# Mathematical singularity

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In mathematics, a singularity is in general a point at which a given mathematical object is not defined, or a point of an exceptional set where it fails to be well-behaved in some particular way, such as differentiability. See Singularity theory for general discussion of the geometric theory, which only covers some aspects.

For example, the function

on the real line has a singularity at x = 0, where it seems to "explode" to ±∞ and is not defined. The function g(x) = |x| (see absolute value) also has a singularity at x = 0, since it is not differentiable there. Similarly, the graph defined by y2 = x also has a singularity at (0,0), this time because it has a "corner" (vertical tangent) at that point.

The algebraic set defined by y2 = x2 in the (x, y) coordinate system has a singularity (singular point) at (0, 0) because it does not admit a tangent there.

## Contents

### Real analysis

In real analysis singularities are also called discontinuities. There are three kinds: type I, which has two sub-types, and type II, which also can be divided into two subtypes, but normally is not.

To describe these types, suppose that f(x) is a function of a real argument x, and for any value of its argument, say c, the symbols f(c + ) and f(c ) are defined by:

The limit f(c ) is called the left-handed limit, and f(c + ) is called the right-handed limit. The value f(c ) is the value that the function f(x) tends towards as the value x approaches c from below, and the value f(c + ) is the value that the function f(x) tends towards as the value x approaches c from above, regardless of the actual value the function has at the point where x = c .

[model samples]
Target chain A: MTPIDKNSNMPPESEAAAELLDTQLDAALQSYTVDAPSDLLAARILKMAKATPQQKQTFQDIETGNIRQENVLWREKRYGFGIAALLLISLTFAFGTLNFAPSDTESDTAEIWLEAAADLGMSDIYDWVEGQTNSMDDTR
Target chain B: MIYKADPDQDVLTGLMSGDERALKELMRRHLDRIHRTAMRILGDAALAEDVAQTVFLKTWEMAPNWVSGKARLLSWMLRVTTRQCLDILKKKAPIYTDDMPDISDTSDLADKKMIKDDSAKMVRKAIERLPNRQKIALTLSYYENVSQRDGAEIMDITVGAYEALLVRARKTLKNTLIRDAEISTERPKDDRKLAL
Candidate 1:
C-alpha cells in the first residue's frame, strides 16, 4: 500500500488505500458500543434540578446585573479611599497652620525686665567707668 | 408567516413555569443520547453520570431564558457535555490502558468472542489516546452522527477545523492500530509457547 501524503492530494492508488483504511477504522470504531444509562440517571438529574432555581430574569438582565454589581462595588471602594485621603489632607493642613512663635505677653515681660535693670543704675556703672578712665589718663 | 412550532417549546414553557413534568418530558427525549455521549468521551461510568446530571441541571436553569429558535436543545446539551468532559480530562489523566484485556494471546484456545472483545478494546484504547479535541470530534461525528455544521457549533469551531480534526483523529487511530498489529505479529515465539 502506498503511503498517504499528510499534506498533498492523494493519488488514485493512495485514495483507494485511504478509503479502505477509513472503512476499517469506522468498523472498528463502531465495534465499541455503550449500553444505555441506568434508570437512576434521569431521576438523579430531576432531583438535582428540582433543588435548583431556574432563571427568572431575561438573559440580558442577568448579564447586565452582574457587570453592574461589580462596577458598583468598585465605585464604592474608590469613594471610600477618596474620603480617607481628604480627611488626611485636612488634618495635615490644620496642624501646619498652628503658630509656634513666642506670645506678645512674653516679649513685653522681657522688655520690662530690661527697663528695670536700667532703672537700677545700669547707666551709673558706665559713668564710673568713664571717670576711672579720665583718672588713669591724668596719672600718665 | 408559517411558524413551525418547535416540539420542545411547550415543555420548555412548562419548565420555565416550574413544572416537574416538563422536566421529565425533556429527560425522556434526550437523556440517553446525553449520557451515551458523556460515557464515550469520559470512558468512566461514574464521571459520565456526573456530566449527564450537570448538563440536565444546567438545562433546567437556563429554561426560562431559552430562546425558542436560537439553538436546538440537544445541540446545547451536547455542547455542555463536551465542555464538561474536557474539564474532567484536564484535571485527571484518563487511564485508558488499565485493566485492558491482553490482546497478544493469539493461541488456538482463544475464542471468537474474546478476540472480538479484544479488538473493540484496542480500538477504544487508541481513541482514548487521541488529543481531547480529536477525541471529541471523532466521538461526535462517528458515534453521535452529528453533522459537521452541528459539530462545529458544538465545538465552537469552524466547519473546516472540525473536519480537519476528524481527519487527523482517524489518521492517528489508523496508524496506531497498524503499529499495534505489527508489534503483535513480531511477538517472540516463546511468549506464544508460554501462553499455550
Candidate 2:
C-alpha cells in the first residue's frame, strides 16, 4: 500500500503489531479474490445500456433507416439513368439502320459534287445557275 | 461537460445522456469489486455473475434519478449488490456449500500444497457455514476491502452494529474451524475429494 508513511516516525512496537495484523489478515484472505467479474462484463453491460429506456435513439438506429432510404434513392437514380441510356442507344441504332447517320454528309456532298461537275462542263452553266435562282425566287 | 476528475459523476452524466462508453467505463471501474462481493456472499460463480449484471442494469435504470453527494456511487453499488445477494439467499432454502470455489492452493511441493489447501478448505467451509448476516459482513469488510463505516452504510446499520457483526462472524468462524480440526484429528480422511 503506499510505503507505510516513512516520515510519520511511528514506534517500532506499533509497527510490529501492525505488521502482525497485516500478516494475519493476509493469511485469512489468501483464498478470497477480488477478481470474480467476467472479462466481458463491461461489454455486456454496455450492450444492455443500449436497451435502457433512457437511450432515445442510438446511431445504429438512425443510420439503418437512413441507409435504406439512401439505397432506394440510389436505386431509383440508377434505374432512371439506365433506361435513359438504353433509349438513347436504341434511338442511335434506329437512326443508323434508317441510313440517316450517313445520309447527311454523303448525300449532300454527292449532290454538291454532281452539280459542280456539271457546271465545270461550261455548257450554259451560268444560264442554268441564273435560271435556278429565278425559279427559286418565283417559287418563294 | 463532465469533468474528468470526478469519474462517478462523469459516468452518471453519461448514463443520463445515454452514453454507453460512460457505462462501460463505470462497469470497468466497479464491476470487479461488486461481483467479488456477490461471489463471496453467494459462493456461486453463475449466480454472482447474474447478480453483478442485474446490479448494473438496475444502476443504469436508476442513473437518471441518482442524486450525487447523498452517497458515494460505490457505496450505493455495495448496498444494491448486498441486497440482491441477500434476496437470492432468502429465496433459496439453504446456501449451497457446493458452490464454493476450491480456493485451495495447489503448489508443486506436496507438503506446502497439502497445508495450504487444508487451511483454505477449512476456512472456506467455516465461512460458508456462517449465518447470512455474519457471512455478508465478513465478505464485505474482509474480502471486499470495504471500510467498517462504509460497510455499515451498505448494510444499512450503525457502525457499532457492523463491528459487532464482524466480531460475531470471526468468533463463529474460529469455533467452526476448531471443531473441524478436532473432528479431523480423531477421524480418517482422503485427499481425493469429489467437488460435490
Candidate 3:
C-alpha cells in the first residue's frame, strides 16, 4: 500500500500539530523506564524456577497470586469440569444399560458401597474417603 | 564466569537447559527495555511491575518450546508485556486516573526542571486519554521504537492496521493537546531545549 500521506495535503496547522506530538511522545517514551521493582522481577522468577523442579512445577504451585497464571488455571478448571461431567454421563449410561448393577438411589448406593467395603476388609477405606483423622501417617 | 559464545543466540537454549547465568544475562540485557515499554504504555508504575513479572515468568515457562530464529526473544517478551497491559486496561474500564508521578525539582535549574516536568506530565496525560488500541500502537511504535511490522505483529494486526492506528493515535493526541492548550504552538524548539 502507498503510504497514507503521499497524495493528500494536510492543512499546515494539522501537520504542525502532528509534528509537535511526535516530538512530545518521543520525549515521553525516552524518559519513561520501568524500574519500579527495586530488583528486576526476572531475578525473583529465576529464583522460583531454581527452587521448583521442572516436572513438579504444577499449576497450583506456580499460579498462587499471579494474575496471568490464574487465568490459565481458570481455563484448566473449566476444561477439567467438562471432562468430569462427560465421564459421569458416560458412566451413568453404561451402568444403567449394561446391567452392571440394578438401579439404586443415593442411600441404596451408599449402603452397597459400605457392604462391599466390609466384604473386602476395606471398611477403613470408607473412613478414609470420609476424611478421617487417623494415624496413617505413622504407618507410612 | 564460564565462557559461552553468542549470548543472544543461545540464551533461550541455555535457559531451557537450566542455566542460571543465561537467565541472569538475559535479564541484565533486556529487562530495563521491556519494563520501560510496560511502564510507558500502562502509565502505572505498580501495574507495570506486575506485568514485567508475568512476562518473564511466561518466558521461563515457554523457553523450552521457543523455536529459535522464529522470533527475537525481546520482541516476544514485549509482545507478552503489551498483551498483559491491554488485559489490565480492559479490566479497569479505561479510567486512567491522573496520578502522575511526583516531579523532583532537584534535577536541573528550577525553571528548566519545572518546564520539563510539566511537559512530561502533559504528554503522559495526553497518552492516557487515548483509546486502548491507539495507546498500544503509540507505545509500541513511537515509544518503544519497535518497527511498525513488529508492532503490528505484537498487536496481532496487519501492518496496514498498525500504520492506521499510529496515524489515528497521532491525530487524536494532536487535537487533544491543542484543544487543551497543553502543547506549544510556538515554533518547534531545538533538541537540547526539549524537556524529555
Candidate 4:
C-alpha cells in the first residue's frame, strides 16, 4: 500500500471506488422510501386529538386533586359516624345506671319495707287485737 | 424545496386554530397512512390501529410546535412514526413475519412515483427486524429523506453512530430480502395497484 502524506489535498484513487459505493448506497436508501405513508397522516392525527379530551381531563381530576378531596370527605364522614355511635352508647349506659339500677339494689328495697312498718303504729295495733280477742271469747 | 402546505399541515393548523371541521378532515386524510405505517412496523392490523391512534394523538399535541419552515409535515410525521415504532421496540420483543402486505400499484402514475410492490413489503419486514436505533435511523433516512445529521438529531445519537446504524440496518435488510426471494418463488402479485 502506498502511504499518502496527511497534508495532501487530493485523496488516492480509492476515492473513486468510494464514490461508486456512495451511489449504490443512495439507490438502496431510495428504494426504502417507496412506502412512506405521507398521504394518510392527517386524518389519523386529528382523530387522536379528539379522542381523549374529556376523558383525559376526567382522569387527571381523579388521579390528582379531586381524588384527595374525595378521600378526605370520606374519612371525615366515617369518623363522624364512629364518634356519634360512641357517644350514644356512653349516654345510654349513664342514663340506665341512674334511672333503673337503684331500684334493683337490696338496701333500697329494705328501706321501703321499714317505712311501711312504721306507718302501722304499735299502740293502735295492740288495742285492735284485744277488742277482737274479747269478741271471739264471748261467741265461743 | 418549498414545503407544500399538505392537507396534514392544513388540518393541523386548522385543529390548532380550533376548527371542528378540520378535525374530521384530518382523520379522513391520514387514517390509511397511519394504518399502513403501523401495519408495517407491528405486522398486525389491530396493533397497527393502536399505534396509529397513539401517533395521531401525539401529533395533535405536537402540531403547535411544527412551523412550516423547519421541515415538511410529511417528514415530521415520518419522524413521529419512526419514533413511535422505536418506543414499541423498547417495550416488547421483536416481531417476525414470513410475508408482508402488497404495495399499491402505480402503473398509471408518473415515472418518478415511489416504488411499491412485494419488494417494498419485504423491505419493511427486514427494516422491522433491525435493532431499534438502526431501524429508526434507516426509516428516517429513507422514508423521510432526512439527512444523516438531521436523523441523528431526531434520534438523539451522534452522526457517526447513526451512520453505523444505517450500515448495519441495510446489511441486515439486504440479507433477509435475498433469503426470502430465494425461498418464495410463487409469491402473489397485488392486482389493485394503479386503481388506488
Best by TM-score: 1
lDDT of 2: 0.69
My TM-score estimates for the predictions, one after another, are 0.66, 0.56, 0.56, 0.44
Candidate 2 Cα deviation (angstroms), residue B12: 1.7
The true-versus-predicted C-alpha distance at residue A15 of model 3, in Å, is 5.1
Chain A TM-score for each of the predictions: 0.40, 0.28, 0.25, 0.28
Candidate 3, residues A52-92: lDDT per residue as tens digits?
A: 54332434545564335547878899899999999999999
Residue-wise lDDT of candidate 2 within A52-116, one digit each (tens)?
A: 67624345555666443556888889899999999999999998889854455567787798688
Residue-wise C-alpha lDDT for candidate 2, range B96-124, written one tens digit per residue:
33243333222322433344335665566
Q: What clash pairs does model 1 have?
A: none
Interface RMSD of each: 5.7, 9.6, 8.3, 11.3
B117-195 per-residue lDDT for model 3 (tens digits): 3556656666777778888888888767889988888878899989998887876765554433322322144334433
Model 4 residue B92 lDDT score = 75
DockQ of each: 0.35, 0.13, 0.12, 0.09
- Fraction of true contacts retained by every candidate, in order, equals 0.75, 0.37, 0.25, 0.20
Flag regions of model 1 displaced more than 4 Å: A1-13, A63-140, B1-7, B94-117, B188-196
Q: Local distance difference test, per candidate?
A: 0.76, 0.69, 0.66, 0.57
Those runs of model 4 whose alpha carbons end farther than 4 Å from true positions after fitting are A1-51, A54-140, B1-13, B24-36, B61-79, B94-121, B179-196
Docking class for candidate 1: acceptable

There are some functions for which these limits do not exist at all. For example the function

does not tend towards anything as x approaches c = 0. The limits in this case are not infinite, but rather undefined: there is no value that g(x) settles in on. Borrowing from complex analysis, this is sometimes called an essential singularity.

• A point of continuity, which is not a singularity, is a value of c for which f(c ) = f(c) = f(c + ), as one usually expects. All the values must be finite.
• A type I discontinuity occurs when both f(c ) and f(c + ) exist and are finite, but one of three conditions also apply: $f(c^-) \neq f(c^+)$; f(c) does not exist for that value of x; or f(c) does not match the value that the two limits tend towards. Two subtypes occur:
• A jump discontinuity occurs when $f(c^-) \neq f(c^+)$, regardless of whether f(c) exists, and regardless of what value it might have if it does exist.
• A removable discontinuity occurs when f(c ) = f(c + ), but either the value of f(c) does not match the limits, or the function does not exist at the point x = c .
• A type II discontinuity occurs when either f(c ) or f(c + ) does not exist (possibly both). This has two subtypes, which are usually not considered separately:
• An infinite discontinuity is the special case when either the left hand or right hand limit does not exist specifically because it is infinite, and the other limit is either also infinite or is some well defined finite number.
• An essential singularity is a term borrowed from complex analysis (see below). This is the case when either one or the other limits f(c ) or f(c + ) does not exist, but not because it is an infinite discontinuity. Essential singularities approach no limit, not even if legal answers are extended to include $\pm\infty$.